November 18th, 2006
|04:20 am - A most curious conundrum|
FACT No. 1. My grandparents met at a religious retreat (church camp) called Deering, nestled up in the hills of southern New Hampshire.
FACT No. 2. My mother and my father met at Deering.
FACT No. 3. My mother and my first stepfather also met at Deering.
FACT No. 4. Deering closed a year before I would have been old enough to go, and I would have gone.
Kinda makes a fellow wonder sometimes, don't it...
|Date:||November 18th, 2006 02:29 pm (UTC)|| |
My parents met at an American Baptist college where my father was studying to be a preacher. Not only did he not become a preacher, they ended up not even being Baptists.
My parents met on a blind date.
|Date:||November 18th, 2006 03:28 pm (UTC)|| |
I met N. online. Gosh. I hope they never close the internet!
The spooky thing about the camp part for me, in the "Small, small, tiny world" way, is that several moons ago I was the chair of a national church sub-committee figuring out what to do with Deering after it closed. I should have told them to keep it open for the "Spatch Family Continuation Camp." And I would have, too. If I had only known. Now I am pondering Spatch spouses and little Spatches with Abbie's progeny...Whooo!
|Date:||November 19th, 2006 01:41 pm (UTC)|| |
When I tell people that I met samantha2074
via the Internet, I've actually had some of them say things like "How sad". I don't know... it doesn't seem sad to me. We don't feel compelled to follow anyone else's notion of what is romantic.
Sometimes I've rushed to emphasize that it didn't fit the stereotypes of Internet geek love: we didn't meet via a personals site, and we didn't spend months or years in an online-only relationship before meeting in real life. But, really, I don't see why those details would even make it worse, given that we're still together after ten years and starting a family.
From what I remember at the time, Deering was already showing serious signs of deterioration when the decision was made to close the place. From what I also remember, Mass Camps & Conferences was looking to cut down on its privately-owned conference centers, opting instead to use independently-owned ecumenical centers such as Star Island or Geneva Point.
Craigville and Warner Farm are still owned by the UCC, if memory serves, but my father was on the Warner Farm committee for many years and had a lot of bureaucratic problems trying to keep the property open, maintained, and most importantly owned by church.
Feel free to confirm or refute as much of this as you can, even if only so that I can feel safe in the knowledge that I've got the story right in my head.
|Date:||November 20th, 2006 03:49 am (UTC)|| |
The Deering Committee was basically to get various conference execs from New England in a room and make sure none of them wanted it and the UCC National Board could sell it or do whatever without flack. I believe it was an unusual property, in that it was not owned by a conference or association, but the UCC Board for Homeland Ministries. The committee visited it once. It was in bad shape. Rustic to start with and then decimated by years of low maintence.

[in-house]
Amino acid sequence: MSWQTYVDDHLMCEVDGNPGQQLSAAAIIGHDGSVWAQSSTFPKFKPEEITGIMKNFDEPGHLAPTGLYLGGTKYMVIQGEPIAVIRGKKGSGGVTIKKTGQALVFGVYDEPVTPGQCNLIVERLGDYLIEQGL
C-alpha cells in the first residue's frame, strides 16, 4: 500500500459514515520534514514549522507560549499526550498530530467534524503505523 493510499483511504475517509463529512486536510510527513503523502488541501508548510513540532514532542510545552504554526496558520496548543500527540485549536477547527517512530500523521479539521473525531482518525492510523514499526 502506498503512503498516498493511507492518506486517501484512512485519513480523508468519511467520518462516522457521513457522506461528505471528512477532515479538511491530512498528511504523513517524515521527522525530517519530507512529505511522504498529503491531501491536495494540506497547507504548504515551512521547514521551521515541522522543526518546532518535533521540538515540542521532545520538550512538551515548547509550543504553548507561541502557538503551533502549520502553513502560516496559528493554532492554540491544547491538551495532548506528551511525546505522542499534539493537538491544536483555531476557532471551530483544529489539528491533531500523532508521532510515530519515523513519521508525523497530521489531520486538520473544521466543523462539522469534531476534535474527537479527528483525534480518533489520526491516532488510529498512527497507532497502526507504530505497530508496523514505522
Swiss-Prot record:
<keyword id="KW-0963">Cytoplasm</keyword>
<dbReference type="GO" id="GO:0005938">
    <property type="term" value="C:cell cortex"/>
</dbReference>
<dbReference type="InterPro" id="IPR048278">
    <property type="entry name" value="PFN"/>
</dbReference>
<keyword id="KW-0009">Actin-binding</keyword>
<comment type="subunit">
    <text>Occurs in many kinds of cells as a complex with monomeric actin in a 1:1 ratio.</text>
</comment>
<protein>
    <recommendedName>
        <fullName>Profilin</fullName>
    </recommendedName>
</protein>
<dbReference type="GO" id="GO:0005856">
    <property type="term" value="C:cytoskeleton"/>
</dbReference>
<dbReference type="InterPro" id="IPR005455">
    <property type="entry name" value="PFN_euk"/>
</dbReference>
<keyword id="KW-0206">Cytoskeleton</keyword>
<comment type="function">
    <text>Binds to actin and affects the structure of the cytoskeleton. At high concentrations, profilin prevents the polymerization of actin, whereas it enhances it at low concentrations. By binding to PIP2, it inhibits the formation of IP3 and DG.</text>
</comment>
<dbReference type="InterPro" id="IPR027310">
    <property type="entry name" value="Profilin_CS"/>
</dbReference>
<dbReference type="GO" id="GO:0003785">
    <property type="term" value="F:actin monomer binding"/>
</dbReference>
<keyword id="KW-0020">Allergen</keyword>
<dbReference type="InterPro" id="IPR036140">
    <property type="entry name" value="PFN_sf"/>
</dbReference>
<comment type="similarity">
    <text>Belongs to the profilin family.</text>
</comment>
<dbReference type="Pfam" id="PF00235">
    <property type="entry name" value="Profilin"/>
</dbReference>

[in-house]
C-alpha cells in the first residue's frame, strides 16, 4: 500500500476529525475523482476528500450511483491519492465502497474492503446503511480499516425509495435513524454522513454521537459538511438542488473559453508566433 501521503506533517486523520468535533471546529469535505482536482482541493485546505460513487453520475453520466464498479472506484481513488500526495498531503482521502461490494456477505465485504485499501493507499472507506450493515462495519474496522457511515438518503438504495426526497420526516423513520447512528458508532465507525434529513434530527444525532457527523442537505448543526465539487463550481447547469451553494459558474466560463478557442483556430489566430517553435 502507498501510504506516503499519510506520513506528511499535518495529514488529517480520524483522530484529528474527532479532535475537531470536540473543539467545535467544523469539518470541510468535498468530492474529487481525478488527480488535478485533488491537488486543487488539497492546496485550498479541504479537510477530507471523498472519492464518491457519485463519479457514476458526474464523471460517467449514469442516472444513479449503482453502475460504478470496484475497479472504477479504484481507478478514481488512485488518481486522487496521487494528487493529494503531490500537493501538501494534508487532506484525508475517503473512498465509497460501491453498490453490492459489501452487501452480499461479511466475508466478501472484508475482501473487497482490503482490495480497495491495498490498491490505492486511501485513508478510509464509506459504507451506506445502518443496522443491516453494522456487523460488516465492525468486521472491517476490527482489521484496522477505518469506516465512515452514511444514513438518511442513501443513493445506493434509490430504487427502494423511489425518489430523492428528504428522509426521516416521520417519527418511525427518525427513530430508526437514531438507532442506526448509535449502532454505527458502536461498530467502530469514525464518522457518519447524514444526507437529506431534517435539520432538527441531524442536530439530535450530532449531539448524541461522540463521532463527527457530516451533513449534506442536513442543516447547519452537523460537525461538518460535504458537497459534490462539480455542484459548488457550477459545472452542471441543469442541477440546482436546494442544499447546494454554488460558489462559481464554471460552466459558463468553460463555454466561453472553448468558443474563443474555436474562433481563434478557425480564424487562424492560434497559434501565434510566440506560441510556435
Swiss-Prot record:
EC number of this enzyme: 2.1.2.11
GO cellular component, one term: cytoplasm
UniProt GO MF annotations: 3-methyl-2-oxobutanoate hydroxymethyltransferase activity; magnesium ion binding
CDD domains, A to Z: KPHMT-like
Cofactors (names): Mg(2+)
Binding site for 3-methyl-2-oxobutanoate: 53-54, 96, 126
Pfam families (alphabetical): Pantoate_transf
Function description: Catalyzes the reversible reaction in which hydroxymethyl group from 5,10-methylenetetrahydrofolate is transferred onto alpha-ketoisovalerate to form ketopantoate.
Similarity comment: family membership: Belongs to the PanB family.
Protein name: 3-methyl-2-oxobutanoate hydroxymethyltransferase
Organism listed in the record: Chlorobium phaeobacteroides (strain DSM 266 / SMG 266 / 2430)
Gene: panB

I lost track of what happened to it, but apparently it is open again!
You could rent it for your next retreat.http://www.thedeeringcenter.org/
Here is the history of how that came about:http://www.thedeeringcenter.org/history.htm
I thought there was an alumni group but I can't find anything about that.
I didn't grow up in MA, so my knowledge of their camps is nil. But poking around the Mass. Conference site, it looks like they do still own Craigville and Warner Farm, but only the first is still used for camps. Check out these links:
New England Outdoor Ministries
(include Craigville, Geneva Point, Star Island)http://www.macucc.org/western/warner-farm.htm
Camps dates for 2007http://www.macucc.org/youth/camps2005.htm
Warner Farm Retreat and Conference Centerhttp://www.macucc.org/western/warner-farm.htm
Gotta love Google!
In 1995, after leading a camp in northern New Hampshire , Mike Silver brought his wife to The Deering Conference Center to show her the place that in 1983, "had a profound impact on [his] life". Later that sunny August day Mike and Deb were on Vesper Hill, a sacred spiritual place at the center. Mike suddenly felt an "overwhelming feeling" as if God was pouring "hot milk chocolate" into his body. He felt this was a call to move from his home and job in Chapel Hill, North Carolina to Deering, New Hampshire and reopen the center.
I was actually there that day; I was counselor with him at the "camp in northern New Hampshire" (Geneva Point) and on our way back, thought we'd stop by Deering just to see how it looked. I poked all around the cabin areas on both sides of the road, found my aunt in one of the Deering Camp Family pictures still hung in the main building, and checked out the bizarre flea market collection of junk in the dining hall.
Mike, meanwhile, spent a lot of time up on the hill where the cross had been. That's where he got his call. Powerful things, calls. Tough to ignore.
Really, church camp is just for losing your virginity. You can meet a life partner anywhere.
|Date:||November 19th, 2006 06:33 pm (UTC)|| |
How my parents met
My parents were living in Seattle and being young professionals and doing what young professionals do. My dad's roommate and my mom's roommate were dating. They got in stupid histrionic arguments on the phone all the time. So my mom's roommate would hand the phone to my mom and tell her to chat with my dad while roommate guy and roommate chick stomped around being drama queens. So eventually they decided to hang out. Oh, and both of them hadn't mentioned on the phone that they had visible physical disabilities, and both hadn't ever tried dating anyone because they thought no one would date them because of it.